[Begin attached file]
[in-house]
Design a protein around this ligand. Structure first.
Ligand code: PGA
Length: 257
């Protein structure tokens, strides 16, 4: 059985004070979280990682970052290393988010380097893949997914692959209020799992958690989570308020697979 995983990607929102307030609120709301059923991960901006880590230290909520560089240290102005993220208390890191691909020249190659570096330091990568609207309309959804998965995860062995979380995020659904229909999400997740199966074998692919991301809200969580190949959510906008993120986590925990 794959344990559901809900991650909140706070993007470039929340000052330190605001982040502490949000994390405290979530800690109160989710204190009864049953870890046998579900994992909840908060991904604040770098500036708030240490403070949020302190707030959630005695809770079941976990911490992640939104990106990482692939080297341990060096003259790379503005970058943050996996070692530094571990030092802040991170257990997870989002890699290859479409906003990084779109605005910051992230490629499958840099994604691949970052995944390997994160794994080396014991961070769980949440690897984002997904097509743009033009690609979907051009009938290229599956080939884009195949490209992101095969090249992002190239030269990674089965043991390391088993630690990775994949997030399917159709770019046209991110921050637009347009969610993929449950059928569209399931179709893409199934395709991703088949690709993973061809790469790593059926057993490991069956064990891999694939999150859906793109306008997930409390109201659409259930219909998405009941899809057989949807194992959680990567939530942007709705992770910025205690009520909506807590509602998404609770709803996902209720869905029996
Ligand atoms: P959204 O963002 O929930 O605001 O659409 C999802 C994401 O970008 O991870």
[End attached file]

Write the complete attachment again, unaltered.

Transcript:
[in-house]
Design a protein around this ligand. Structure first.
Ligand code: PGA
Length: 257
């Protein structure tokens, strides 16, 4: 059985004070979280990682970052290393988010380097893949997914692959209020799992958690989570308020697979 995983990607929102307030609120709301059923991960901006880590230290909520560089240290102005993220208390890191691909020249190659570096330091990568609207309309959804998965995860062995979380995020659904229909999400997740199966074998692919991301809200969580190949959510906008993120986590925990 794959344990559901809900991650909140706070993007470039929340000052330190605001982040502490949000994390405290979530800690109160989710204190009864049953870890046998579900994992909840908060991904604040770098500036708030240490403070949020302190707030959630005695809770079941976990911490992640939104990106990482692939080297341990060096003259790379503005970058943050996996070692530094571990030092802040991170257990997870989002890699290859479409906003990084779109605005910051992230490629499958840099994604691949970052995944390997994160794994080396014991961070769980949440690897984002997904097509743009033009690609979907051009009938290229599956080939884009195949490209992101095969090249992002190239030269990674089965043991390391088993630690990775994949997030399917159709770019046209991110921050637009347009969610993929449950059928569209399931179709893409199934395709991703088949690709993973061809790469790593059926057993490991069956064990891999694939999150859906793109306008997930409390109201659409259930219909998405009941899809057989949807194992959680990567939530942007709705992770910025205690009520909506807590509602998404609770709803996902209720869905029996
Ligand atoms: P959204 O963002 O929930 O605001 O659409 C999802 C994401 O970008 O991870």